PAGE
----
Ascon is a sponge-based Authenticated Encryption with Associated Data that was selected as both one of the winners of the CAESAR competition and one of the finalists of the NIST lightweight cryptography standardization effort. As this competition comes to an end, we analyse the security of this algorithm against cube attacks. We present a practical cube attack against the full 6-round encryption in Ascon in the nonce-misuse setting. We note right away that this attack does not violate the security claims made by the designers of Ascon, due to this setting.Our cryptanalysis is a conditional cube attack that is capable of recovering the full capacity in practical time; but for Ascon-128, its extension to a key recovery or a forgery is still an open question. First, a careful analysis of the maximum-degree terms in the algebraic normal form of the Ascon permutation allows us to derive linear equations in half of the capacity bits given enough cube sums of dimension 32. Then, depending on the results of this first phase, we identify smaller-degree cubes that allow us to recover the remaining half of the capacity. Overall, our cryptanalysis has a complexity of about 240 adaptatively chosen plaintexts, and about 240 calls to the permutation. We have implemented the full attack and our experiments confirm our claims.Our results are built on a theoretical framework which allows us to easily identify monomials whose cube-sums provide linear equations in the capacity bits. The coefficients of these monomials have a more general form than those used in the previous attacks against Ascon, and our method enables us to re-frame previous results in a simpler form. Overall, it enables to gain a deeper understanding of the properties of the permutation, and in particular of its S-box, that make such state-recoveries possible.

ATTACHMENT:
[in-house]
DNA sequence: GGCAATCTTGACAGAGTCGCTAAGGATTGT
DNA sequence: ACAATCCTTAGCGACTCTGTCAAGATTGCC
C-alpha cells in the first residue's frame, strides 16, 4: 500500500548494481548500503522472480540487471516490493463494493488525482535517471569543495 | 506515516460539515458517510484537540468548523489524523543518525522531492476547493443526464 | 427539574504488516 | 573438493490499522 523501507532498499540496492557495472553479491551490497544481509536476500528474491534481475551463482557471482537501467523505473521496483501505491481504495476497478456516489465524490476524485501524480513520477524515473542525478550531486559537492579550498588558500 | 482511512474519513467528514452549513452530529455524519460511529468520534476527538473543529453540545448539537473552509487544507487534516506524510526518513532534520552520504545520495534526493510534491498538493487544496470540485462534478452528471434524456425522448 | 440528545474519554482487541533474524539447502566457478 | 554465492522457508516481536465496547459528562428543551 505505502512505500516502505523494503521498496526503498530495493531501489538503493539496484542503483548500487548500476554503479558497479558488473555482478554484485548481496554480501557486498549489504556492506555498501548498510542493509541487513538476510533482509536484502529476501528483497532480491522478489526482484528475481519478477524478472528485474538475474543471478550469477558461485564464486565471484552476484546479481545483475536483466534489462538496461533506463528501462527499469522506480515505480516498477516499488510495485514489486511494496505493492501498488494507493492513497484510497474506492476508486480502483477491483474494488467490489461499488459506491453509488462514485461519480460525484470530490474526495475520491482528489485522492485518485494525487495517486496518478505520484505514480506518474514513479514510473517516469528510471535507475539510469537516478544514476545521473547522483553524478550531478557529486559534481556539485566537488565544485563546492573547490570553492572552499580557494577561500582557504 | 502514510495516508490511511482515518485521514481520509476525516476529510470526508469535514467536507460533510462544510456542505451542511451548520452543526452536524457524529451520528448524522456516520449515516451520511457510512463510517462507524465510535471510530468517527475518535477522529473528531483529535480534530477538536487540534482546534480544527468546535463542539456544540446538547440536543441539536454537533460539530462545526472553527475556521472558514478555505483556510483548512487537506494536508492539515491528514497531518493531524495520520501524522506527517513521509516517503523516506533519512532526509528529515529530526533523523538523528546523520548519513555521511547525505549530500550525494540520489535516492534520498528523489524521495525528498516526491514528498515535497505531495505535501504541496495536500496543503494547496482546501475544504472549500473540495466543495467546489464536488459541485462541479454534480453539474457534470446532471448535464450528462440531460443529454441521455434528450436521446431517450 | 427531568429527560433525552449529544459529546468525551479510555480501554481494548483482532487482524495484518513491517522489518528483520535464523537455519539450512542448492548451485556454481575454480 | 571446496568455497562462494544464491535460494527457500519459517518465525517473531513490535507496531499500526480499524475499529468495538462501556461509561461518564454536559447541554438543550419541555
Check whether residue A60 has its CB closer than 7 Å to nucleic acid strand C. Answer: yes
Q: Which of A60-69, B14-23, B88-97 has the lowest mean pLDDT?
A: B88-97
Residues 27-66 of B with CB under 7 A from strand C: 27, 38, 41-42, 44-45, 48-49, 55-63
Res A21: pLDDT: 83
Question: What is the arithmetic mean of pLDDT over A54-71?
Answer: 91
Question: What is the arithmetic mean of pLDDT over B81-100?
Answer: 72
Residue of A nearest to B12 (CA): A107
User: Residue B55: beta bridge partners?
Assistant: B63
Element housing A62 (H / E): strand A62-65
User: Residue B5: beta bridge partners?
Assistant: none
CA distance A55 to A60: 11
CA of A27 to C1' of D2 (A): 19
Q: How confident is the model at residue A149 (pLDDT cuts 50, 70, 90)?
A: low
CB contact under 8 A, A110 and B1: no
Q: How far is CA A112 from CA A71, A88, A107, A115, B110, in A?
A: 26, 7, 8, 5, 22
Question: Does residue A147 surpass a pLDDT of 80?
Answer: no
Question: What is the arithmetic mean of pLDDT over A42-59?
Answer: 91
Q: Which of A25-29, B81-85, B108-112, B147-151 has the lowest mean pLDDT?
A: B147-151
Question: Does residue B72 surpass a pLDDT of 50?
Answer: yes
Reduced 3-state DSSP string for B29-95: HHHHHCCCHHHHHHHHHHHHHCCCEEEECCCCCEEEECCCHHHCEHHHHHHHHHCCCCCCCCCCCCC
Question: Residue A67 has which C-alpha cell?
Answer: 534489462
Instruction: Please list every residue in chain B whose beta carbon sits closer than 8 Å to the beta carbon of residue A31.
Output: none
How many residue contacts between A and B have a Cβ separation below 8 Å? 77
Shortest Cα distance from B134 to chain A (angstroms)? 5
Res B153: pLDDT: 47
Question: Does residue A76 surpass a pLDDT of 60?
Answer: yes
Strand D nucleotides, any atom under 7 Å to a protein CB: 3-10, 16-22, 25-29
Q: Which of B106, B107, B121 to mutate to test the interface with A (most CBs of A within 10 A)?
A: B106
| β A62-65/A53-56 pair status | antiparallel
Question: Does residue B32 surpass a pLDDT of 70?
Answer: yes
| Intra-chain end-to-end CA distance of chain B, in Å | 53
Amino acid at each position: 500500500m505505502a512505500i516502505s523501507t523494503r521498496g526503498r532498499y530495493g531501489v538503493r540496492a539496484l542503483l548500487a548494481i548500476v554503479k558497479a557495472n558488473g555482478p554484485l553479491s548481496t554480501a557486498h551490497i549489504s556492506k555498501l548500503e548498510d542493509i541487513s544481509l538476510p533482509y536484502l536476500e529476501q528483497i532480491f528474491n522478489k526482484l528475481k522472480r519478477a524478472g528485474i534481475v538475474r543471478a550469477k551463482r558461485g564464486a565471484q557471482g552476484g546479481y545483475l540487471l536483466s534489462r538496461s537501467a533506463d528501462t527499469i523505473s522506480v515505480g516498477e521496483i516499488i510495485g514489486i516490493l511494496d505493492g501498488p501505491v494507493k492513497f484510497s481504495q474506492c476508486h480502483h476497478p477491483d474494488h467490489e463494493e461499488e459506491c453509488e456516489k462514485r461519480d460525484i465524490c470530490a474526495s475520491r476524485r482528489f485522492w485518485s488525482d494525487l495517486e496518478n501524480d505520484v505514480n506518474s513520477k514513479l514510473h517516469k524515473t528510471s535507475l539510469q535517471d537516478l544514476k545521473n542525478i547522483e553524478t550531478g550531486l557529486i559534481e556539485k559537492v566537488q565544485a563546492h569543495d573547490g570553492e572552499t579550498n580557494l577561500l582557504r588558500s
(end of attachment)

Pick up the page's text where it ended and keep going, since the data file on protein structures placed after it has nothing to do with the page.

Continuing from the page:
2022

TOSC

Quantum Period Finding is Compression Robust
📺 Abstract

We study quantum period finding algorithms such as Simon and Shor (and its variant Ekerå-Håstad). For a periodic function f these algorithms produce – via some quantum embedding of f – a quantum superposition ∑x |x〉 |f(x)〉, which requires a certain amount of output qubits that represent |f(x)〉. We show that one can lower this amount to a single output qubit by hashing f down to a single bit in an oracle setting.Namely, we replace the embedding of f in quantum period finding circuits by oracle access to several embeddings of hashed versions of f. We show that on expectation this modification only doubles the required amount of quantum measurements, while significantly reducing the total number of qubits. For example, for Simon’s algorithm that finds periods in f : Fn2 → Fn2 our hashing technique reduces the required output qubits from n down to 1, and therefore the total amount of qubits from 2n to n + 1. We also show that Simon’s algorithm admits real world applications with only n + 1 qubits by giving a concrete realization of a hashed version of the cryptographic Even-Mansour construction. Moreover, for a variant of Simon’s algorithm on Even-Mansour that requires only classical queries to Even-Mansour we save a factor of (roughly) 4 in the qubits.Our oracle-based hashed version of the Ekerå-Håstad algorithm for factoring n-bit RSA reduces the required qubits from (3/2 + o(1))n down to (1/2+ o(1))n.